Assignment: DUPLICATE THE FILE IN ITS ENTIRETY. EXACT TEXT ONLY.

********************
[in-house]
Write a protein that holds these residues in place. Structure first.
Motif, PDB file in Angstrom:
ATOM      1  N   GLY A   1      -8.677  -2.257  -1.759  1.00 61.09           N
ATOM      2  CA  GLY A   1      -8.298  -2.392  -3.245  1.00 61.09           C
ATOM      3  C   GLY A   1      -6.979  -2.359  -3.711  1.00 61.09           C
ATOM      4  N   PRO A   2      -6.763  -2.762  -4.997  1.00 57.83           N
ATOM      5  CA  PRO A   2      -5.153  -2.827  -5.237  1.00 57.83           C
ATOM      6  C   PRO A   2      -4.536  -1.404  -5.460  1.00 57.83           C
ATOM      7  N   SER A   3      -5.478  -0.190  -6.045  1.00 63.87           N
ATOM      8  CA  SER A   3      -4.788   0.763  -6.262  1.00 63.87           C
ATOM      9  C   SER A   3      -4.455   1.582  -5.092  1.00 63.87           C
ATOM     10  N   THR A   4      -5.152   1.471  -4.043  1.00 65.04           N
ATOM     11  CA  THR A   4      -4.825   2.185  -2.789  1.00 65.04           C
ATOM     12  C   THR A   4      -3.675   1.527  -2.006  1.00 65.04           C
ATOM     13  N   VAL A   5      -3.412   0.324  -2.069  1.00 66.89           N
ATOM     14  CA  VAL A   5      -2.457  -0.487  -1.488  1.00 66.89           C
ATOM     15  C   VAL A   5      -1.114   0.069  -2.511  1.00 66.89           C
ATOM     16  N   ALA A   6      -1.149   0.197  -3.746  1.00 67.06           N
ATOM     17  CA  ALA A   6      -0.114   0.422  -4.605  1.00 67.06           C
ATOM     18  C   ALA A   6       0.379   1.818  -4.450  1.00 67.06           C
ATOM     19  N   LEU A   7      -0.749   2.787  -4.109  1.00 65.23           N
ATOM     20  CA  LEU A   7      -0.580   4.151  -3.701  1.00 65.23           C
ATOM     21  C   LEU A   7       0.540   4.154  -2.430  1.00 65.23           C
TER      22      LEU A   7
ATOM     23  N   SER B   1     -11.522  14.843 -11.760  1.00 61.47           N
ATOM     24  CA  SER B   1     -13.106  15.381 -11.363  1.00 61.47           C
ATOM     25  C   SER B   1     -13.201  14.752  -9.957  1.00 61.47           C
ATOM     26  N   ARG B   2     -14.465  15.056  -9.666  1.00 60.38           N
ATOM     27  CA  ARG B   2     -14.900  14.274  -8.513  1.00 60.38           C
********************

[in-house]
Write a protein that holds these residues in place. Structure first.
Motif, PDB file in Angstrom:
ATOM      1  N   GLY A   1      -8.677  -2.257  -1.759  1.00 61.09           N
ATOM      2  CA  GLY A   1      -8.298  -2.392  -3.245  1.00 61.09           C
ATOM      3  C   GLY A   1      -6.979  -2.359  -3.711  1.00 61.09           C
ATOM      4  N   PRO A   2      -6.763  -2.762  -4.997  1.00 57.83           N
ATOM      5  CA  PRO A   2      -5.153  -2.827  -5.237  1.00 57.83           C
ATOM      6  C   PRO A   2      -4.536  -1.404  -5.460  1.00 57.83           C
ATOM      7  N   SER A   3      -5.478  -0.190  -6.045  1.00 63.87           N
ATOM      8  CA  SER A   3      -4.788   0.763  -6.262  1.00 63.87           C
ATOM      9  C   SER A   3      -4.455   1.582  -5.092  1.00 63.87           C
ATOM     10  N   THR A   4      -5.152   1.471  -4.043  1.00 65.04           N
ATOM     11  CA  THR A   4      -4.825   2.185  -2.789  1.00 65.04           C
ATOM     12  C   THR A   4      -3.675   1.527  -2.006  1.00 65.04           C
ATOM     13  N   VAL A   5      -3.412   0.324  -2.069  1.00 66.89           N
ATOM     14  CA  VAL A   5      -2.457  -0.487  -1.488  1.00 66.89           C
ATOM     15  C   VAL A   5      -1.114   0.069  -2.511  1.00 66.89           C
ATOM     16  N   ALA A   6      -1.149   0.197  -3.746  1.00 67.06           N
ATOM     17  CA  ALA A   6      -0.114   0.422  -4.605  1.00 67.06           C
ATOM     18  C   ALA A   6       0.379   1.818  -4.450  1.00 67.06           C
ATOM     19  N   LEU A   7      -0.749   2.787  -4.109  1.00 65.23           N
ATOM     20  CA  LEU A   7      -0.580   4.151  -3.701  1.00 65.23           C
ATOM     21  C   LEU A   7       0.540   4.154  -2.430  1.00 65.23           C
TER      22      LEU A   7
ATOM     23  N   SER B   1     -11.522  14.843 -11.760  1.00 61.47           N
ATOM     24  CA  SER B   1     -13.106  15.381 -11.363  1.00 61.47           C
ATOM     25  C   SER B   1     -13.201  14.752  -9.957  1.00 61.47           C
ATOM     26  N   ARG B   2     -14.465  15.056  -9.666  1.00 60.38           N
ATOM     27  CA  ARG B   2     -14.900  14.274  -8.513  1.00 60.38           C